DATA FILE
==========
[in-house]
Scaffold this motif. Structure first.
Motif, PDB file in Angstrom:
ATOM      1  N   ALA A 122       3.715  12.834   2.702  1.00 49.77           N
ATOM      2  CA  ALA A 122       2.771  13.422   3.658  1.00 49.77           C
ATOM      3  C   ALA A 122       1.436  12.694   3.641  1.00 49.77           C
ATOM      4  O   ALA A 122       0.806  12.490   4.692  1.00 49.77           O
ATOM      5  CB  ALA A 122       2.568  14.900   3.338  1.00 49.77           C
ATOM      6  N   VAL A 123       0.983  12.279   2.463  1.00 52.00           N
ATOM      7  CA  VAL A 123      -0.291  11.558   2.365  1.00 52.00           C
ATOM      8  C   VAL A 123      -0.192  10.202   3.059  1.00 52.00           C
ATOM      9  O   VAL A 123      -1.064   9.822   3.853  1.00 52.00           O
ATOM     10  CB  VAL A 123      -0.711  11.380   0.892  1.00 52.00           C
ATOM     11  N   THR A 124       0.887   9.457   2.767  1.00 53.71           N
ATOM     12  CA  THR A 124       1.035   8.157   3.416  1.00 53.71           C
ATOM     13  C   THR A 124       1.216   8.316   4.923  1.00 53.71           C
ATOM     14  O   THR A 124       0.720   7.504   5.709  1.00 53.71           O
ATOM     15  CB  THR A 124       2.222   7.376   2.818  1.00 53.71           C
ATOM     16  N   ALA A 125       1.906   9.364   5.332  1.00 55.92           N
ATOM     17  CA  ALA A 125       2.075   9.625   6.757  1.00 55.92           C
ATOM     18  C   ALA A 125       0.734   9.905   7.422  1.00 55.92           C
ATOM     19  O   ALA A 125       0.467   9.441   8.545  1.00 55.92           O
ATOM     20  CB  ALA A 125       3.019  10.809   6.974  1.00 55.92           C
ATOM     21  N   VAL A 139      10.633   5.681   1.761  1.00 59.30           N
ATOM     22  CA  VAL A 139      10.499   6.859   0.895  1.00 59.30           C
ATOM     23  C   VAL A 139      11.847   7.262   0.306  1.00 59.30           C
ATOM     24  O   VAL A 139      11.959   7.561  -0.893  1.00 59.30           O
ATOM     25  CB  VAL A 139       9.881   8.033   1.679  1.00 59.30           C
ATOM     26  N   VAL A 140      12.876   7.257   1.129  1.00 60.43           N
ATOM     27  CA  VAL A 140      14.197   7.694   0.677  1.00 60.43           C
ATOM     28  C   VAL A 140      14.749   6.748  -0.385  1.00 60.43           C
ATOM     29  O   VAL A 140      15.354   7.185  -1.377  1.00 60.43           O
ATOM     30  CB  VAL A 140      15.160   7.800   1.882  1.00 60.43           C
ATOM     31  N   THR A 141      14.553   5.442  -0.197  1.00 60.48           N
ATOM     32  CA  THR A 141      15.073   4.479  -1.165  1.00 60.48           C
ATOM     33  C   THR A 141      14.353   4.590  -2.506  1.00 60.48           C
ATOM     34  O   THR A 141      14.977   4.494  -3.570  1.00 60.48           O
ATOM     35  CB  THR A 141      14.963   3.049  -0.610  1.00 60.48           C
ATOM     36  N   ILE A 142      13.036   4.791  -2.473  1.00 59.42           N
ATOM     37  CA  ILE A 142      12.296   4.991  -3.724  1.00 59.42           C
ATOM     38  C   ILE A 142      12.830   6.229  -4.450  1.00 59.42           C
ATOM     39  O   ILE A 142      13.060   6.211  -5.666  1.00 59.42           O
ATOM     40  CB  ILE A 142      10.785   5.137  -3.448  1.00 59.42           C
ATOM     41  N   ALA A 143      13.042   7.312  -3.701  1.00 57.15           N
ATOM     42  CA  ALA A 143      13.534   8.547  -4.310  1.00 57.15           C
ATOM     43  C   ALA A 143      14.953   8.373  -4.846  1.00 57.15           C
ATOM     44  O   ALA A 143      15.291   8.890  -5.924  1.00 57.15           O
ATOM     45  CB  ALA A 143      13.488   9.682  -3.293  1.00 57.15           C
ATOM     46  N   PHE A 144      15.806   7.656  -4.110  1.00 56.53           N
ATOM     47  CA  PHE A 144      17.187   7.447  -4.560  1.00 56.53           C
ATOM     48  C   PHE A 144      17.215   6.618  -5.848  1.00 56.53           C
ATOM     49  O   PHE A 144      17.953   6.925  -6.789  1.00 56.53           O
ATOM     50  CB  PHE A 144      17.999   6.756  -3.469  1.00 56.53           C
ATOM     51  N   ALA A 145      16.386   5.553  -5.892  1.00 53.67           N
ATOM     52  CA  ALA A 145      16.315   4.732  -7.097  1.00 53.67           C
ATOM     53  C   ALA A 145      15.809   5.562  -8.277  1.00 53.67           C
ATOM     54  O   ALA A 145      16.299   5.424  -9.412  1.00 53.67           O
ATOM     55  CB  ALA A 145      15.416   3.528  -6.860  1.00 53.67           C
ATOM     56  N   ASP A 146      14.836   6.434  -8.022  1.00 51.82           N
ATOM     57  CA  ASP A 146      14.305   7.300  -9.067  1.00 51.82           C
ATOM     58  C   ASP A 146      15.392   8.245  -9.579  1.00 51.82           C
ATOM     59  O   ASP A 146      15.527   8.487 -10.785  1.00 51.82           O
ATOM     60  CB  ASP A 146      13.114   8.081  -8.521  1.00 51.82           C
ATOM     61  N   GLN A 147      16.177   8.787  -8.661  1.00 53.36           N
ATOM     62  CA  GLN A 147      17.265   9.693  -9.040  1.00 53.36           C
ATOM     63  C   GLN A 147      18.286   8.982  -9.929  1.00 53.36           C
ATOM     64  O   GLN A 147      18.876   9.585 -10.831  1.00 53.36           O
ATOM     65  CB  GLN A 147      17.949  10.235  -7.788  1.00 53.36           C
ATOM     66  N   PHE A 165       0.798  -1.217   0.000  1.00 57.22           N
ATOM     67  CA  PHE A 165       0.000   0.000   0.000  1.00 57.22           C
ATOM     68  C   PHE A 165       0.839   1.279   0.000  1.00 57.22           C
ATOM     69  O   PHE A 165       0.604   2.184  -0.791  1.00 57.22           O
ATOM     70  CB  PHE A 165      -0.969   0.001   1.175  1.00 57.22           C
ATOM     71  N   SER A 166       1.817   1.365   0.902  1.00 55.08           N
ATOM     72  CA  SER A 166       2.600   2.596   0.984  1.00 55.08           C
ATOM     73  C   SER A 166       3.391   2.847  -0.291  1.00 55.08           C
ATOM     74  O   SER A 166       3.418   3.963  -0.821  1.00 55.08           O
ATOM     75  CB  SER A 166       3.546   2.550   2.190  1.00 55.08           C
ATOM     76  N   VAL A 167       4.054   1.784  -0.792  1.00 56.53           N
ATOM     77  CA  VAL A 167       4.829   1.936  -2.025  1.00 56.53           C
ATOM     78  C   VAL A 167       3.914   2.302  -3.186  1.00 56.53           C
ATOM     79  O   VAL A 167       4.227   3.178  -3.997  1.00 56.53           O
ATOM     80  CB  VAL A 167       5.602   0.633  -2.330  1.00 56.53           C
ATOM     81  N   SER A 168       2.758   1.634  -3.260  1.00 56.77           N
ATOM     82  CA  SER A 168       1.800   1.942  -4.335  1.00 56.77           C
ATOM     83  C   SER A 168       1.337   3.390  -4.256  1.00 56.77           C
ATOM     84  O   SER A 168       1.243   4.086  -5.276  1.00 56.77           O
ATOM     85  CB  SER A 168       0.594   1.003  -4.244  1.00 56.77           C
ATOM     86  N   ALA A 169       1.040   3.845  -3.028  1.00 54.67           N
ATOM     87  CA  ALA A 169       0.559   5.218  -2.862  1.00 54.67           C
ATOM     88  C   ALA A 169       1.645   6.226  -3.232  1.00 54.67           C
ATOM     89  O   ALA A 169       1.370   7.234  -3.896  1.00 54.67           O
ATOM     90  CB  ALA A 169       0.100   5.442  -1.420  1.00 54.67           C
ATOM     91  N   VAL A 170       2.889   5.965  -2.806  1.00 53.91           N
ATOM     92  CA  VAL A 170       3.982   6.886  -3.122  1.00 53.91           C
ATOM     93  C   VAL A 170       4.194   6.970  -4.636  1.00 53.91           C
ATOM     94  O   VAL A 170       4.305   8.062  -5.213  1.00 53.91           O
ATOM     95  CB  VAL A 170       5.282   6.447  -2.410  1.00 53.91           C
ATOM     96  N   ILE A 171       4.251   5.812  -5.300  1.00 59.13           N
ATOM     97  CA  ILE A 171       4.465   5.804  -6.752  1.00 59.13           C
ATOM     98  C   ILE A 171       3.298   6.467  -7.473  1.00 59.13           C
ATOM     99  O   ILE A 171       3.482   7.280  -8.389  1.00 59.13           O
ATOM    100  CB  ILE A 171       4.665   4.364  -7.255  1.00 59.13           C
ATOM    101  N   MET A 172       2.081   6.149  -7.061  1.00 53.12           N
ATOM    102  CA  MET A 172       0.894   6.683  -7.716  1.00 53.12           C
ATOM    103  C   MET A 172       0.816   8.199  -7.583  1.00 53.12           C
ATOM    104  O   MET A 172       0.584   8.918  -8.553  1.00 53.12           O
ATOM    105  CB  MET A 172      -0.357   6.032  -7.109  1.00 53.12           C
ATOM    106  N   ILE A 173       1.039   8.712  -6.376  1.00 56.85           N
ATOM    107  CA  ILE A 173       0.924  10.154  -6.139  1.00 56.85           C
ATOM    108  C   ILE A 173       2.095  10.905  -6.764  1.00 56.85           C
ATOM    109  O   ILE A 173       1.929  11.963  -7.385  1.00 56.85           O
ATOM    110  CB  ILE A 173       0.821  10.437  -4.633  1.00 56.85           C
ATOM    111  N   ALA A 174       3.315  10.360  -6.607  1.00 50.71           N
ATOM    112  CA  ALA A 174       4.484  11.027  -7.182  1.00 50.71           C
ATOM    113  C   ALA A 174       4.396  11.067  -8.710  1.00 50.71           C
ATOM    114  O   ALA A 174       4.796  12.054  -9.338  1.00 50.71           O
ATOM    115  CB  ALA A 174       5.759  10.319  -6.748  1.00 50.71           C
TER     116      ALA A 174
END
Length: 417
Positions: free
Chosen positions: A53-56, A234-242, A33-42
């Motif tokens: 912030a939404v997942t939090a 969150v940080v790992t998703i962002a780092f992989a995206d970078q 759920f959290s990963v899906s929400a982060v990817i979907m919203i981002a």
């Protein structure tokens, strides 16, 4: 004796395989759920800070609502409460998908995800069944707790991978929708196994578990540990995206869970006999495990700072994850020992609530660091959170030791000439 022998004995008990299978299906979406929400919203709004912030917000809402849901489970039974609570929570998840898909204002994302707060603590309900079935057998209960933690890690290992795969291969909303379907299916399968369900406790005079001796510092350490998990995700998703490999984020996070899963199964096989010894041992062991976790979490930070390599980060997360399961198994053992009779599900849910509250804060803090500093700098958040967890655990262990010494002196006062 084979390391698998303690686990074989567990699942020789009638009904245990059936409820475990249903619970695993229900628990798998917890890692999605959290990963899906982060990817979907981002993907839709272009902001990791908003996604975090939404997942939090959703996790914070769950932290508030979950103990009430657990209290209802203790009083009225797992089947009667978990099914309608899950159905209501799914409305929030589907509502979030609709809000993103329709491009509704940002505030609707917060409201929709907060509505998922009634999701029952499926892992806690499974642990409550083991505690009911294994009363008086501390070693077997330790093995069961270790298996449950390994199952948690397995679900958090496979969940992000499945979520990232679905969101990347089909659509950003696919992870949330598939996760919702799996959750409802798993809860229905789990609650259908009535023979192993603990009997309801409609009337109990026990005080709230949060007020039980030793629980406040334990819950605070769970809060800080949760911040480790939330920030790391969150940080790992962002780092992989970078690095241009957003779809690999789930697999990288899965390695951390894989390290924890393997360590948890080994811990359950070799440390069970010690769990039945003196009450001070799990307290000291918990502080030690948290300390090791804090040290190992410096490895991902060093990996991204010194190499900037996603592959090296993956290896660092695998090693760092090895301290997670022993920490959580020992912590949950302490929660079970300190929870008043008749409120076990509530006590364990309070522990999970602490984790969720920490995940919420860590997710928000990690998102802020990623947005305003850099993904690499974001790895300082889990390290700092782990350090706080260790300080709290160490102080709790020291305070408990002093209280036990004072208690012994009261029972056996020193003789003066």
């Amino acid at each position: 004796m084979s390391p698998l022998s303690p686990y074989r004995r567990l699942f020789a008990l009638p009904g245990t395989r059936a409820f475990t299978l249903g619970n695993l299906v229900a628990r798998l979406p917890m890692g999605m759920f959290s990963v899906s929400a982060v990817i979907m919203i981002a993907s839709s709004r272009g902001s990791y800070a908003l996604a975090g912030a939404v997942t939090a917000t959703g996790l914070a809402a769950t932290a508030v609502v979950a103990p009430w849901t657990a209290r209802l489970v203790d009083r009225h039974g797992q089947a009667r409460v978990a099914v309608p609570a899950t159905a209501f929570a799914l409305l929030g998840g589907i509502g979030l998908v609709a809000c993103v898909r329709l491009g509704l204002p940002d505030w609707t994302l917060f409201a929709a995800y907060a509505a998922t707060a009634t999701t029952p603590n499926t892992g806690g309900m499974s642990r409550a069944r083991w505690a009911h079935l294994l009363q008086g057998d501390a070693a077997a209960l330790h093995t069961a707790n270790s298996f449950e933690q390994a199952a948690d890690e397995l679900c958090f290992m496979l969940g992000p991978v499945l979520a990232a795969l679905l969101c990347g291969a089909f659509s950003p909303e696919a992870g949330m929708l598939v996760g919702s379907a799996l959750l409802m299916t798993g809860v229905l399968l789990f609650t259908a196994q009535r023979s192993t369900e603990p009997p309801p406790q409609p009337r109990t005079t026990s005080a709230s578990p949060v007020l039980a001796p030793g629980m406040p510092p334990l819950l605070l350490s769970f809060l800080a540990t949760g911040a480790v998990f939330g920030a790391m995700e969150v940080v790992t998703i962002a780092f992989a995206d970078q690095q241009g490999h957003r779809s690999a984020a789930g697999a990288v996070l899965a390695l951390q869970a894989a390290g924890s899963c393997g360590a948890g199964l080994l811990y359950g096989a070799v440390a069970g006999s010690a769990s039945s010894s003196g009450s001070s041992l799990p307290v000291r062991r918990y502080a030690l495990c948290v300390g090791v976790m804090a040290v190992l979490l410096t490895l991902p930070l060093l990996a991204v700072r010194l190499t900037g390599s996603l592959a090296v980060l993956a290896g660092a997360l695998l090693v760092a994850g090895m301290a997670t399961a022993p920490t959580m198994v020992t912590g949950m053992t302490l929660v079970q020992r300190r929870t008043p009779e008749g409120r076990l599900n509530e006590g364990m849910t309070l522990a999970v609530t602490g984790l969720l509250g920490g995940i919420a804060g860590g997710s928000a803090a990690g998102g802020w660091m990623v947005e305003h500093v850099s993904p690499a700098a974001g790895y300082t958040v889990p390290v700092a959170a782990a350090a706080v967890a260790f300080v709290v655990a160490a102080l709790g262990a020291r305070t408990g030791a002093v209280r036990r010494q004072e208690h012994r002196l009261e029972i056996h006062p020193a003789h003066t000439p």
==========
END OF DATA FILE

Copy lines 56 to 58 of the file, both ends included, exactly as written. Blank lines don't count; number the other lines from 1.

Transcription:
ATOM     53  C   ALA A 145      15.809   5.562  -8.277  1.00 53.67           C
ATOM     54  O   ALA A 145      16.299   5.424  -9.412  1.00 53.67           O
ATOM     55  CB  ALA A 145      15.416   3.528  -6.860  1.00 53.67           C